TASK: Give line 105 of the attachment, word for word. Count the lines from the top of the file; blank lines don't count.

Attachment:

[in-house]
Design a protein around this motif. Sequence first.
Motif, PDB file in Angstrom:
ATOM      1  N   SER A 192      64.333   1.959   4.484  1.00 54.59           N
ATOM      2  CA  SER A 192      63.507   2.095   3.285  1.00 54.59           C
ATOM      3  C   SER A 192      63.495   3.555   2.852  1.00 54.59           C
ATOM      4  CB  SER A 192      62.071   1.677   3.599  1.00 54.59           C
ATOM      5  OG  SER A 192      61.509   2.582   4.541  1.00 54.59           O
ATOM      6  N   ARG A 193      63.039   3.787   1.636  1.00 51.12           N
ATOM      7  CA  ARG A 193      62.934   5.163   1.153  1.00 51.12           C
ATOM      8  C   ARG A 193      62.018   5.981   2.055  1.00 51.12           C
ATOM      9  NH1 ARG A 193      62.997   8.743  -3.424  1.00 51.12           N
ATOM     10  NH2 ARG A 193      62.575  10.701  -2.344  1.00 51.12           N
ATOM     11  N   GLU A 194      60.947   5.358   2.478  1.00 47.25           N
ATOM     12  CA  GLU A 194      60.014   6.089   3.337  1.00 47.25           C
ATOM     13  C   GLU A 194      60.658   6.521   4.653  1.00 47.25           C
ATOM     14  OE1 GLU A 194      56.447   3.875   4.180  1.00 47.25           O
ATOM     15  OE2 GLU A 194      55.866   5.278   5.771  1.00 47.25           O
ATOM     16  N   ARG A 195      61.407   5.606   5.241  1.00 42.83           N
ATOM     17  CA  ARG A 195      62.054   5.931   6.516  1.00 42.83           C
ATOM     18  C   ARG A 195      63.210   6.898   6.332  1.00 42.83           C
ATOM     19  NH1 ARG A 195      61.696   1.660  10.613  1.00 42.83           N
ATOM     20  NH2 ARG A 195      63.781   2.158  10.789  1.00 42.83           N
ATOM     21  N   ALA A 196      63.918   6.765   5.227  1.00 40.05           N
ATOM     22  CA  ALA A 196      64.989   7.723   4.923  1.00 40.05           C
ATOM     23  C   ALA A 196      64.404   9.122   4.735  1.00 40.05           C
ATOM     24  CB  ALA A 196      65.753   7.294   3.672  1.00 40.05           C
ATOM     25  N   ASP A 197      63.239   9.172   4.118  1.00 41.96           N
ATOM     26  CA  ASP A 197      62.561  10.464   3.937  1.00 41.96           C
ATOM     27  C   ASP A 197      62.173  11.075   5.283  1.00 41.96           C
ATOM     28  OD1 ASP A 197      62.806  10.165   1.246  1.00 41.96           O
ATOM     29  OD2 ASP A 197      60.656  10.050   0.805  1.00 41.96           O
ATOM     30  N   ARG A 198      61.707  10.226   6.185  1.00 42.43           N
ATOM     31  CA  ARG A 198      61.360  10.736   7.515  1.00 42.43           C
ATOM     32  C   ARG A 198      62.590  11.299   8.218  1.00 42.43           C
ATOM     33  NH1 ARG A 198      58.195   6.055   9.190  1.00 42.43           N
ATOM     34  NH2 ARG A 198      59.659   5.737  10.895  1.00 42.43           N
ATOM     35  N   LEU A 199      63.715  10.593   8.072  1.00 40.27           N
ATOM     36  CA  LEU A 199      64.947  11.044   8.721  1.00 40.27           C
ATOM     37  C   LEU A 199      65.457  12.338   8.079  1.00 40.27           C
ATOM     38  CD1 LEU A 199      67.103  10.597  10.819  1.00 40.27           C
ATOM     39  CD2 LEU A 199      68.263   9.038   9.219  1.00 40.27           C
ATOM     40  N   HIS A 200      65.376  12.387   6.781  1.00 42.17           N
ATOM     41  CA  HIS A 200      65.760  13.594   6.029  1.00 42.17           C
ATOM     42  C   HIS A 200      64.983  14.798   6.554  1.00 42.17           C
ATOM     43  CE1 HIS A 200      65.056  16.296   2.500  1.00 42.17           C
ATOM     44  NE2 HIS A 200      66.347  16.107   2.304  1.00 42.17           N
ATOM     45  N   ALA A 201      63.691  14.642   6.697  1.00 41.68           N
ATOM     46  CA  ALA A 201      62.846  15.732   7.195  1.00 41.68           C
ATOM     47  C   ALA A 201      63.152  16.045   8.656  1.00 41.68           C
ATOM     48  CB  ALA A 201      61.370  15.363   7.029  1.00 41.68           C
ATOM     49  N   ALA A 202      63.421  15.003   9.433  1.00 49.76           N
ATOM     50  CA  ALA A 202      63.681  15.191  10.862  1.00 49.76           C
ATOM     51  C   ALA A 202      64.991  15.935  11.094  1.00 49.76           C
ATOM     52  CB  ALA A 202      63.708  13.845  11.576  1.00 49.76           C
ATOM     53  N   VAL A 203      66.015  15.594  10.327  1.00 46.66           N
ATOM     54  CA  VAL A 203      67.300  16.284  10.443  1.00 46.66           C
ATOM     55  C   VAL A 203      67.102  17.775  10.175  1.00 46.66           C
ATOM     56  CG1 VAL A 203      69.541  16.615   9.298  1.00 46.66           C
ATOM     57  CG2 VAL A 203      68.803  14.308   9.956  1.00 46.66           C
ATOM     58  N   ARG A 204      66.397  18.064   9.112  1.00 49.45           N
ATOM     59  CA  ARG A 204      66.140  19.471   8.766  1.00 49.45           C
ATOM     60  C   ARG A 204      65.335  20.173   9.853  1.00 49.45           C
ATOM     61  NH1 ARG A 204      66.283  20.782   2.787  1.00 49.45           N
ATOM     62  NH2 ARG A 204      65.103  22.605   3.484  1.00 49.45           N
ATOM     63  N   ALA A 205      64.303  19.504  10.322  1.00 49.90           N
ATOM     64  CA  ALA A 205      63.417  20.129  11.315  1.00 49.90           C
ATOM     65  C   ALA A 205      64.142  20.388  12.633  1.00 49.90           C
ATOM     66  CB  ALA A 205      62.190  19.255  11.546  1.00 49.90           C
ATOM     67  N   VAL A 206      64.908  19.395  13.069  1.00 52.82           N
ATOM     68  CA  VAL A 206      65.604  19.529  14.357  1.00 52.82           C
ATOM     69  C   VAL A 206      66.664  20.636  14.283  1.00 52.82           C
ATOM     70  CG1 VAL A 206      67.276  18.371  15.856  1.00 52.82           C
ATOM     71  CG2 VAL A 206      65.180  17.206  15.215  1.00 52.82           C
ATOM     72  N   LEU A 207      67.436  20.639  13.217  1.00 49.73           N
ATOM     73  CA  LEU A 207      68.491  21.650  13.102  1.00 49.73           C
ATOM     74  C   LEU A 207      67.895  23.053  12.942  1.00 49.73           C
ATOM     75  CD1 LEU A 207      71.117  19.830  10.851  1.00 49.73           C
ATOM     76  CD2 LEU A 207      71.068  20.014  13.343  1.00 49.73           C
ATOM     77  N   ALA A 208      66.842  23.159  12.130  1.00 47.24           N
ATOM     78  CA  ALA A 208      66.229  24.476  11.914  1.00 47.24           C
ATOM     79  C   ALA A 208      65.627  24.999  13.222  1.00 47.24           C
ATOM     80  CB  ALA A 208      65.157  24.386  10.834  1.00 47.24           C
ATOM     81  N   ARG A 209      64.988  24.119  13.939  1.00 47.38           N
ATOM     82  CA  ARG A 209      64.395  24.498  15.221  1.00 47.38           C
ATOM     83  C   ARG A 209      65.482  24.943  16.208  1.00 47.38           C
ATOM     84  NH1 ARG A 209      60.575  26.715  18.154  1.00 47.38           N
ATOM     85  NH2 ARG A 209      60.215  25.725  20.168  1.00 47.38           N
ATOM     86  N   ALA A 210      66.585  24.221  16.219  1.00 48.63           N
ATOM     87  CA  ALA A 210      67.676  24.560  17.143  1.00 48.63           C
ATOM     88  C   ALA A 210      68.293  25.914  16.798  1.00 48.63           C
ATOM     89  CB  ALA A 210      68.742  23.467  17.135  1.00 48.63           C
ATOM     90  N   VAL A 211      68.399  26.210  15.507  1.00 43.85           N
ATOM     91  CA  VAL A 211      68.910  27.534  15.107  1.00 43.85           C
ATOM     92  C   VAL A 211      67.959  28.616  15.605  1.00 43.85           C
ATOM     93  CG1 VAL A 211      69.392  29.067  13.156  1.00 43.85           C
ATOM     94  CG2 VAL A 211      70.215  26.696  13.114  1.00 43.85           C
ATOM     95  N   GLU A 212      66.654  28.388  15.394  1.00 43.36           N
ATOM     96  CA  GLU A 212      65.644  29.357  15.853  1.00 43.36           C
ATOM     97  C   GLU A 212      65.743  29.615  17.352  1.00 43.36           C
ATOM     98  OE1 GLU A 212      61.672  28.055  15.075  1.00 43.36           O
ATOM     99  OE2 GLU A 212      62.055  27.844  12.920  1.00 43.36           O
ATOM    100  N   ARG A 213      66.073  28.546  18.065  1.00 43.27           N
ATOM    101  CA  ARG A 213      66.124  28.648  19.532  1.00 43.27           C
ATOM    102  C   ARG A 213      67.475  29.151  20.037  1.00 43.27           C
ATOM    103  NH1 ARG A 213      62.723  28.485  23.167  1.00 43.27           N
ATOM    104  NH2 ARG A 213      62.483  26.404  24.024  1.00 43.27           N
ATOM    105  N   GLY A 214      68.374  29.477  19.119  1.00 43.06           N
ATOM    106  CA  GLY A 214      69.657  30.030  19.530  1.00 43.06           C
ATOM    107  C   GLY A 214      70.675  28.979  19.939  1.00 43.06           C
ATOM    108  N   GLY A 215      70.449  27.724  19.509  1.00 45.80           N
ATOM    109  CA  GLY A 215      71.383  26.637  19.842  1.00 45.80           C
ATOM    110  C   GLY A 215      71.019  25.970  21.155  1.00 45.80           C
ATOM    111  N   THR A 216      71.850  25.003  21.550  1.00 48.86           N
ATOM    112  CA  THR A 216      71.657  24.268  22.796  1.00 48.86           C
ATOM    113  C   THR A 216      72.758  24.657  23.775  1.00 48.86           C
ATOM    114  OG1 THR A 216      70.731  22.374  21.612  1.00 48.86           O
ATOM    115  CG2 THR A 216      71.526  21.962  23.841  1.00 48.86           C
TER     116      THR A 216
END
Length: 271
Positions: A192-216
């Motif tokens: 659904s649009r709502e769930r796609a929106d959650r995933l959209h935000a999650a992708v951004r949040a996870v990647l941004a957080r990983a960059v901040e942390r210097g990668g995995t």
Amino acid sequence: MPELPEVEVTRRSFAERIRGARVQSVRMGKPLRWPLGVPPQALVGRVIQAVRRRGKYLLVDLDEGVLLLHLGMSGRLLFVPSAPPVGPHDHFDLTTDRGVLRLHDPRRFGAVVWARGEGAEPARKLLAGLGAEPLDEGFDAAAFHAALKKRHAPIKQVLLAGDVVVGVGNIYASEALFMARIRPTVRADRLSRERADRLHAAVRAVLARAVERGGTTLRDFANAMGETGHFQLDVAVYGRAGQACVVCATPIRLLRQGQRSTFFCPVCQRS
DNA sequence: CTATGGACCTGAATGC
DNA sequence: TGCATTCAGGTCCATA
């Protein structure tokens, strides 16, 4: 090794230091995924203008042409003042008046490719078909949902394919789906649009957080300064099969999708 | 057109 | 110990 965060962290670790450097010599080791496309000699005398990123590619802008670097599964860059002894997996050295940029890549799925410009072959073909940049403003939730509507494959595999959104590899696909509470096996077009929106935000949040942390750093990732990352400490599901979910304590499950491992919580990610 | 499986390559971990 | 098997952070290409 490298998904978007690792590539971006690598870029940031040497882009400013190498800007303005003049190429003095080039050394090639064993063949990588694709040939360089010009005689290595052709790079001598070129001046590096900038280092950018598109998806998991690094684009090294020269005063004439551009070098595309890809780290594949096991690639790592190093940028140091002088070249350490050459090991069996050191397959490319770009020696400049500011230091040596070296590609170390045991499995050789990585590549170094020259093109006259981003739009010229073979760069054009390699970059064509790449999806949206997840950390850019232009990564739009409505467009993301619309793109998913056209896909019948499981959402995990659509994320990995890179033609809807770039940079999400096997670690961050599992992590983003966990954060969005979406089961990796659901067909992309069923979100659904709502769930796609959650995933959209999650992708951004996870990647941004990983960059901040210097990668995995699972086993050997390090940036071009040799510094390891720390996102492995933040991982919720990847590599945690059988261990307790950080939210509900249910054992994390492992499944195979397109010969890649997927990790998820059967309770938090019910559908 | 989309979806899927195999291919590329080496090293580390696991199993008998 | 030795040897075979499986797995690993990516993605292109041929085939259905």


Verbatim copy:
ATOM    102  C   ARG A 213      67.475  29.151  20.037  1.00 43.27           C